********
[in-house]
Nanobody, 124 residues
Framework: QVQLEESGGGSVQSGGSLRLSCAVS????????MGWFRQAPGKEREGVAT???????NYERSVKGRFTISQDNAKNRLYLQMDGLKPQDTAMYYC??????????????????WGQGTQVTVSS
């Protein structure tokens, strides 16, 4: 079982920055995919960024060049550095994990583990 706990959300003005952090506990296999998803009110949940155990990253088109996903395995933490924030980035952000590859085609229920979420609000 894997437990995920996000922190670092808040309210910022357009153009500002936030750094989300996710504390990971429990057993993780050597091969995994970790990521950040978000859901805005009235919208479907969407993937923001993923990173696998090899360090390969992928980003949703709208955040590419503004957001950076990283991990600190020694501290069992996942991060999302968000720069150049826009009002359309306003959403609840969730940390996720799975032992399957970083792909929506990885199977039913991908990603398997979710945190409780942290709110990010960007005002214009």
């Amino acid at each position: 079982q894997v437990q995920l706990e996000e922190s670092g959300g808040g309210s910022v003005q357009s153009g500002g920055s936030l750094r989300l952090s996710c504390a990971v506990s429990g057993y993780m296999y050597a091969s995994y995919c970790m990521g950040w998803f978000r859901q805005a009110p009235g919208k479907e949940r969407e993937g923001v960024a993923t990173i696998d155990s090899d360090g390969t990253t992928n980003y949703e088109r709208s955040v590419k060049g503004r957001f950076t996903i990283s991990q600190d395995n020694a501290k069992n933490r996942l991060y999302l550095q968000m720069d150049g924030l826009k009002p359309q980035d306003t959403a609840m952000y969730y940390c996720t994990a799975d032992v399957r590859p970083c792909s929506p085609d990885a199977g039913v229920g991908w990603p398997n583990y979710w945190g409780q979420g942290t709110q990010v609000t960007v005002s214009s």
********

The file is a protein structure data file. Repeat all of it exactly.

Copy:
[in-house]
Nanobody, 124 residues
Framework: QVQLEESGGGSVQSGGSLRLSCAVS????????MGWFRQAPGKEREGVAT???????NYERSVKGRFTISQDNAKNRLYLQMDGLKPQDTAMYYC??????????????????WGQGTQVTVSS
């Protein structure tokens, strides 16, 4: 079982920055995919960024060049550095994990583990 706990959300003005952090506990296999998803009110949940155990990253088109996903395995933490924030980035952000590859085609229920979420609000 894997437990995920996000922190670092808040309210910022357009153009500002936030750094989300996710504390990971429990057993993780050597091969995994970790990521950040978000859901805005009235919208479907969407993937923001993923990173696998090899360090390969992928980003949703709208955040590419503004957001950076990283991990600190020694501290069992996942991060999302968000720069150049826009009002359309306003959403609840969730940390996720799975032992399957970083792909929506990885199977039913991908990603398997979710945190409780942290709110990010960007005002214009």
């Amino acid at each position: 079982q894997v437990q995920l706990e996000e922190s670092g959300g808040g309210s910022v003005q357009s153009g500002g920055s936030l750094r989300l952090s996710c504390a990971v506990s429990g057993y993780m296999y050597a091969s995994y995919c970790m990521g950040w998803f978000r859901q805005a009110p009235g919208k479907e949940r969407e993937g923001v960024a993923t990173i696998d155990s090899d360090g390969t990253t992928n980003y949703e088109r709208s955040v590419k060049g503004r957001f950076t996903i990283s991990q600190d395995n020694a501290k069992n933490r996942l991060y999302l550095q968000m720069d150049g924030l826009k009002p359309q980035d306003t959403a609840m952000y969730y940390c996720t994990a799975d032992v399957r590859p970083c792909s929506p085609d990885a199977g039913v229920g991908w990603p398997n583990y979710w945190g409780q979420g942290t709110q990010v609000t960007v005002s214009s």